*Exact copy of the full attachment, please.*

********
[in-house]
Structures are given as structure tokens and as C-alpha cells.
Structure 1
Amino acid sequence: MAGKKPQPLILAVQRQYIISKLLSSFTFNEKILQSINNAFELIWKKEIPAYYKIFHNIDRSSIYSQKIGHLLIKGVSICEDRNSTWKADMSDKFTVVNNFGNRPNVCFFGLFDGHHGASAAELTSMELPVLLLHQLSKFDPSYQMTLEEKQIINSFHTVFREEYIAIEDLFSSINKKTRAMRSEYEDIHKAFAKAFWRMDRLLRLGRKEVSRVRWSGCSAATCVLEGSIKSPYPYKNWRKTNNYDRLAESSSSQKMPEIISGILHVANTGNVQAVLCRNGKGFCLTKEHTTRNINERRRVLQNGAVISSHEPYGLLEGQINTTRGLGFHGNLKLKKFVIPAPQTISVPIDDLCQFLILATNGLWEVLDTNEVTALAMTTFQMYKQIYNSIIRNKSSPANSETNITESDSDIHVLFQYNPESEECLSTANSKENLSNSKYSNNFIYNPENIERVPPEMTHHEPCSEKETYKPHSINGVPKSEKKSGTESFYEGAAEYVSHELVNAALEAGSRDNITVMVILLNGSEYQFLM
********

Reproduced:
[in-house]
Structures are given as structure tokens and as C-alpha cells.
Structure 1
Amino acid sequence: MAGKKPQPLILAVQRQYIISKLLSSFTFNEKILQSINNAFELIWKKEIPAYYKIFHNIDRSSIYSQKIGHLLIKGVSICEDRNSTWKADMSDKFTVVNNFGNRPNVCFFGLFDGHHGASAAELTSMELPVLLLHQLSKFDPSYQMTLEEKQIINSFHTVFREEYIAIEDLFSSINKKTRAMRSEYEDIHKAFAKAFWRMDRLLRLGRKEVSRVRWSGCSAATCVLEGSIKSPYPYKNWRKTNNYDRLAESSSSQKMPEIISGILHVANTGNVQAVLCRNGKGFCLTKEHTTRNINERRRVLQNGAVISSHEPYGLLEGQINTTRGLGFHGNLKLKKFVIPAPQTISVPIDDLCQFLILATNGLWEVLDTNEVTALAMTTFQMYKQIYNSIIRNKSSPANSETNITESDSDIHVLFQYNPESEECLSTANSKENLSNSKYSNNFIYNPENIERVPPEMTHHEPCSEKETYKPHSINGVPKSEKKSGTESFYEGAAEYVSHELVNAALEAGSRDNITVMVILLNGSEYQFLM